Intensive Fish Culture C. Weeks & H. Westers Table of Contents APPLYING BIOENERGETICS I-1 I.1 Choices Over Variability I-2 I.2 Intensive Fish Culture I-3 I.3 Carrying Capacity and Production I-5 I.3.2 Dissolved Oxygen (DO) I-10 I.3.3 Ammonia Nitrogen I-13 I.4 Carbon Dioxide (CO2) I-24 I.5 pH, Alkalinity I-27 Problem Solving Unit I - Flow-through Raceway Design I-34 RESPIRATION AND OSMOREGULATION II-1 II.1 Dissolved Oxygen Concentration II-1 II.2 The Uptake of Oxygen II-3 II.3 Low Oxygen Stress II-7 II.4 High Oxygen Stress II-8 II.5 Importance of Managing DO II-8 II.6 Ion Exchange Mechanism II-10 Problem Solving Unit II - Flow-through Circular Rearing Tanksand Fish Metabolic Requirements II-18 GROWTH RATES AND FEEDING LEVELS III-1 III.1 Condition Factor III-1 III.2 Feeding Levels III-5 III.2.1 Percent Weight Gain and % Body Weight III-7 III.2.2 Progression of New "Wild" Species in Relation to Growth Example: Yellow Perch III-11 III.3 Growth Models III-13 Problem Solving Unit III - Growth and Feeding Levels for a Multi-cohort Rearing Program III-23 FISH REARING UNITS IV-1 IV.1 Density Selection - A Key Design Factor IV-3 IV.2 Optimal Velocities for Fish IV-4 IV.3 Raceway Rearing Units IV-7 IV.3.1 Raceway Flow Characteristics IV-7 IV.3.2 Raceway Waste Management Concerns IV-11 IV.3.3 Raceway System Design Factors IV-13 IV.4 Round Tank Rearing Units IV-17 IV.4.1 Round Tank Flow Characteristics IV-18 IV.4.2 Round Tank Waste Management Concerns IV-19 IV.4.3 Round Tank System Design Factors IV-20 FACILITY DESIGN PROCESS V-1 V.1 Introduction V-1 V.1.1 Of primary importance V-1 V.1.2 Questions to consider V-1 V.1.3 Numbers (values) must be selected relative to specific production and design parameters V-2 V.1.4 Other choices V-2 V.1.5 Consider the fish culturist (worker) V-2 V1.6 Visitor/educational facility (managing visitors) V-3 V.2 Design Process V-4 V.2.1 The water (a somewhat ideal source to keep things simple) V-4 V.2.2 The production program V-4 V.2.3 Design V-6 V.2.3.1 Raceway design V-8 V.2.3.2 Round tank system design V-10 V.2.4 There are other options V-13 MAXIMIZING PRODUCTION THROUGH SEQUENTIAL REARING STRATEGIES VI-1 VI.1 Maximum Annual Production Models VI-2 VI.1.1 Single Cohort, Batch Culture VI-4 VI.1.2 Multi-cohort, Sequential Rearing Culture VI-5 VI.2 Effects of Growth Rates on Production VI-8 VI.3 Mortality VI-9 VI.4 Discussion VI-11 GAS MANAGEMENT IN INTENSIVE AQUACULTURE VII-1 VII.1 Aeration VII-2 VII.1.2 Degassing Using Aeration VII-3 VII.2 Oxygenation VII-4 VII.2.1 Design and Operational Characteristics of the Michigan Sealed Column VII-6 VII.2.2 How Much Oxygen? VII-8 VII.2.3 Oxygen Source and Cost VII-10 VII.3 Managing Carbon Dioxide VII-12 VII.4 Ozone In Intensive Aquaculture VII-13 VII.4.1 Gas-to-Liquid Absorption VII-15 VII.4.2 Ozone Contact Time and Concentrations VII-15 PRODUCTION THEORY OF INTENSIVE AQUACULTURE SYSTEMS:POND, NETPEN, AND FLOW-THROUGH VIII-1 VIII.1 Aquaculture, a Diverse Activity VIII-1 VIII.2 Aquaculture, Basic Principles VIII-3 VIII.3 Aquaculture, Inputs and Outputs VIII-4 VIII.4 Production Theory VIII-5 VIII.4.1 Intensive Pond Production VIII-6 VIII.4.2 Netpen and Cage Culture Systems VIII-8 VIII.4.3 Intensive Flow-through Production VIII-10 RECIRCULATING AQUACULTURE SYSTEMS (RAS) IX-1 IX.1 Principles of RAS IX-2 IX.2 RAS Water Treatment Processes IX-3 IX.2.1 Control of Dissolved Gasses in RAS IX-3 IX.2.3 Alkalinity and pH IX-4 IX.2.4 Biofiltration IX-4 IX.2.5 Particulates IX-6 IX.3 Determining RAS Limiting Factors IX-6 IX.4 RAS Design IX-9 IX.5 Partial Recirculating Aquaculture Systems (PRAS) IX-11 MANAGEMENT AND CHARACTERIZATION OF FISH WASTE FOR INTENSIVE AQUACULTURE SYSTEMS X-1 X.1 Managing Wastes in Aquaculture Systems X-1 X.1.1 Intensive Pond Aquaculture Systems X-2 X.1.2 Flow-through Systems X-3 X.1.4 Netpen Aquaculture Systems X-6 X.2 Chemical Composition of Fish Manure X-6 X.2.1 Nitrogen X-7 X.2.2 Phosphorus X-8 X.2.3 Estimation of N and P in Aquaculture Effluent - a Mass Balance Approach X-9 X.3 Land Application of Fish Waste X-12 X.4 Other (Potential) Uses of Fish Manure X-14 HATCHERY DESIGN, PUTTING IT ALL TOGETHER (Chapter under consideration for development) Summary of Critical Inputs Programming Input/Outputs Example Case Study Exercise Assessing Rational Design APPENDIX Notations and Units ... A1 Abbreviated List of Equations... B1 Useful Conversions ... C1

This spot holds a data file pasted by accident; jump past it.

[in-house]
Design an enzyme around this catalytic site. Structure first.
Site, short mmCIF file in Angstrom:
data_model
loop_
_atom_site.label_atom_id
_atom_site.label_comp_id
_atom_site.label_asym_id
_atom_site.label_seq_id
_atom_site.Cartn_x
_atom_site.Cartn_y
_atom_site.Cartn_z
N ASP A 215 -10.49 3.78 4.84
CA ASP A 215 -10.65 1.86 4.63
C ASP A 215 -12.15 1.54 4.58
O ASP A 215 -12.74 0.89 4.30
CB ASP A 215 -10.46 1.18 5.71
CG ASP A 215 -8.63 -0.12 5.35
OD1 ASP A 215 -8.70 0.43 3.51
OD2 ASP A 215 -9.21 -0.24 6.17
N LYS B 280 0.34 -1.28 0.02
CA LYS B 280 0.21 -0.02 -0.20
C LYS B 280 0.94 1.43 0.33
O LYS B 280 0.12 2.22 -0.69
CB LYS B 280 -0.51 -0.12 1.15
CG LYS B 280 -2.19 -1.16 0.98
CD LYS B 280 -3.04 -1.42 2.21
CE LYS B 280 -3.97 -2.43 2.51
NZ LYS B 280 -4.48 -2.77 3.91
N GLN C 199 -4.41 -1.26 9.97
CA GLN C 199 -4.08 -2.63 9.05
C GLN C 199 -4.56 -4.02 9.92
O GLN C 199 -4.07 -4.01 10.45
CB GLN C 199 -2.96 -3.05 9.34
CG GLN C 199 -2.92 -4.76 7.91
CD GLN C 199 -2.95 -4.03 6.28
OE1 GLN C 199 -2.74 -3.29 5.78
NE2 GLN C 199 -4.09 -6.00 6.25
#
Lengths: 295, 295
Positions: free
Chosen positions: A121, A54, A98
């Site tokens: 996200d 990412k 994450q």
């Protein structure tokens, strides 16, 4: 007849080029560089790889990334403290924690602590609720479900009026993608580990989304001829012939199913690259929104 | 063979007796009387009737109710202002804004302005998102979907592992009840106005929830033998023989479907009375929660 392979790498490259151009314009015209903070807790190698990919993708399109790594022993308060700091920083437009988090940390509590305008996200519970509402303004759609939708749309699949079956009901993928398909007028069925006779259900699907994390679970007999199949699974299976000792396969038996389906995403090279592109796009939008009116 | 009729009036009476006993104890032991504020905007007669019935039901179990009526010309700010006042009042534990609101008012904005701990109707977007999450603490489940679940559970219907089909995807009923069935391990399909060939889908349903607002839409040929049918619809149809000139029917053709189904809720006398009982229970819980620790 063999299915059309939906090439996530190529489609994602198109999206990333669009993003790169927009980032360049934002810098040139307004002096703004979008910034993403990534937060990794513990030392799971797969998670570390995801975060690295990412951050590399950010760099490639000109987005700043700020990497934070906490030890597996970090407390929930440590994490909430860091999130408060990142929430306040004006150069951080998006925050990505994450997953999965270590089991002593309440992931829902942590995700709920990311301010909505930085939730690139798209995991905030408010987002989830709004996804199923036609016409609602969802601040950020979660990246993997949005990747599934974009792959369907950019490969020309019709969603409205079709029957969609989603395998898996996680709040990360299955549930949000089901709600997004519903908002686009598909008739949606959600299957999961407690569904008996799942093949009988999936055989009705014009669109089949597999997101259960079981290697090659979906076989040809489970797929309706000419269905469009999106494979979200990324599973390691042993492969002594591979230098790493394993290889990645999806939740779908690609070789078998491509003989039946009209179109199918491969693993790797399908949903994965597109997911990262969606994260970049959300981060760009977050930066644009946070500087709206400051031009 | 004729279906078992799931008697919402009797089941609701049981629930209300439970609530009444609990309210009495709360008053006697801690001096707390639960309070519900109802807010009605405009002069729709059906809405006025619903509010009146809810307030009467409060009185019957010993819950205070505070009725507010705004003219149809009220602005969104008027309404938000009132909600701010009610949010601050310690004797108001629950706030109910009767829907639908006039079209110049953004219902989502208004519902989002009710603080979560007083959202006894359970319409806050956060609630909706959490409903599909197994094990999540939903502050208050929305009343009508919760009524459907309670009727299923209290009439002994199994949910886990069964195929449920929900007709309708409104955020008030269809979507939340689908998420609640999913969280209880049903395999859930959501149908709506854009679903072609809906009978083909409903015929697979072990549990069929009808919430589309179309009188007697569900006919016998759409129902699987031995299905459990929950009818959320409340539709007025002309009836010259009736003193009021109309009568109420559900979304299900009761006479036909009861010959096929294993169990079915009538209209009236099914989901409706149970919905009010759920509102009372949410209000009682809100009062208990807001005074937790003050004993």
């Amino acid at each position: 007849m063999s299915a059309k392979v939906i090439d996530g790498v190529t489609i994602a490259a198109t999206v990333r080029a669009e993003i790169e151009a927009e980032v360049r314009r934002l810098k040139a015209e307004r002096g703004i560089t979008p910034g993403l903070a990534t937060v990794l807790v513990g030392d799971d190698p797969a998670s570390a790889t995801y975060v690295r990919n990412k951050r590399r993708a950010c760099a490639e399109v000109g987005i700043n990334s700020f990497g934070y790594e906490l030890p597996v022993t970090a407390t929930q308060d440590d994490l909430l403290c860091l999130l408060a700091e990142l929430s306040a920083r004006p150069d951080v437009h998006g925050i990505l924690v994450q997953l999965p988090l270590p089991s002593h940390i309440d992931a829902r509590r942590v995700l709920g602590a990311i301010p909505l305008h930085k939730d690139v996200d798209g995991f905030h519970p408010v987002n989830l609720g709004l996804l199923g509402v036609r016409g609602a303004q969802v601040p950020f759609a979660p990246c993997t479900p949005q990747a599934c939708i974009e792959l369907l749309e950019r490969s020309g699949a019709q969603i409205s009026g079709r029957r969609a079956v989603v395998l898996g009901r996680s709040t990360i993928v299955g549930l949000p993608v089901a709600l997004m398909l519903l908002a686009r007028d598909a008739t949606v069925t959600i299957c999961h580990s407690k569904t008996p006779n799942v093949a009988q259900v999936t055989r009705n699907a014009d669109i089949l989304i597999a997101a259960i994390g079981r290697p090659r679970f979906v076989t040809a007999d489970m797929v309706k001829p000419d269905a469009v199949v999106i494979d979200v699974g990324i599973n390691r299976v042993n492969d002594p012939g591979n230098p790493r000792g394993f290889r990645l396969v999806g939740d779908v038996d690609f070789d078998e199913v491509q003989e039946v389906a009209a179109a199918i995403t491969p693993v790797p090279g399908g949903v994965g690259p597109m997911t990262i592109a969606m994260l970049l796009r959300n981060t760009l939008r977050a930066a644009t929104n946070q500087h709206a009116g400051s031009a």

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Cancelled
By: Harry Westers and Chris Weeks
Publisher: Wiley-Blackwell